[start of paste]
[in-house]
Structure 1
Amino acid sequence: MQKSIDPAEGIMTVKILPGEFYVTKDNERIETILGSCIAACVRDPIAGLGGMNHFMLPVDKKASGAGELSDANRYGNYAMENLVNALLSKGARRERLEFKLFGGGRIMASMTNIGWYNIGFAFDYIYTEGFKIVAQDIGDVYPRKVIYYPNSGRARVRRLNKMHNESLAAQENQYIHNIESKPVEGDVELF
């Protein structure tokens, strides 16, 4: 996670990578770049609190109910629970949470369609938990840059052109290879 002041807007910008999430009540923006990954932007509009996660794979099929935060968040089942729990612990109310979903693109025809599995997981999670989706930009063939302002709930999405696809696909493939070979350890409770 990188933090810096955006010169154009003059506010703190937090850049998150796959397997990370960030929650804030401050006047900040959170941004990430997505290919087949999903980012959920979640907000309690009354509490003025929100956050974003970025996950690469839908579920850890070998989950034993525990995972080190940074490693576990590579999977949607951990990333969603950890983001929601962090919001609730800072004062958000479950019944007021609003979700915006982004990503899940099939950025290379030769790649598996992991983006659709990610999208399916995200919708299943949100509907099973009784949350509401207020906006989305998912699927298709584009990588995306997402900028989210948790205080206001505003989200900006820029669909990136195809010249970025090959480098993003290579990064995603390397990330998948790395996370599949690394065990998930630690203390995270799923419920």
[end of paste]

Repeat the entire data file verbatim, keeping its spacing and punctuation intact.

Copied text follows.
[in-house]
Structure 1
Amino acid sequence: MQKSIDPAEGIMTVKILPGEFYVTKDNERIETILGSCIAACVRDPIAGLGGMNHFMLPVDKKASGAGELSDANRYGNYAMENLVNALLSKGARRERLEFKLFGGGRIMASMTNIGWYNIGFAFDYIYTEGFKIVAQDIGDVYPRKVIYYPNSGRARVRRLNKMHNESLAAQENQYIHNIESKPVEGDVELF
């Protein structure tokens, strides 16, 4: 996670990578770049609190109910629970949470369609938990840059052109290879 002041807007910008999430009540923006990954932007509009996660794979099929935060968040089942729990612990109310979903693109025809599995997981999670989706930009063939302002709930999405696809696909493939070979350890409770 990188933090810096955006010169154009003059506010703190937090850049998150796959397997990370960030929650804030401050006047900040959170941004990430997505290919087949999903980012959920979640907000309690009354509490003025929100956050974003970025996950690469839908579920850890070998989950034993525990995972080190940074490693576990590579999977949607951990990333969603950890983001929601962090919001609730800072004062958000479950019944007021609003979700915006982004990503899940099939950025290379030769790649598996992991983006659709990610999208399916995200919708299943949100509907099973009784949350509401207020906006989305998912699927298709584009990588995306997402900028989210948790205080206001505003989200900006820029669909990136195809010249970025090959480098993003290579990064995603390397990330998948790395996370599949690394065990998930630690203390995270799923419920």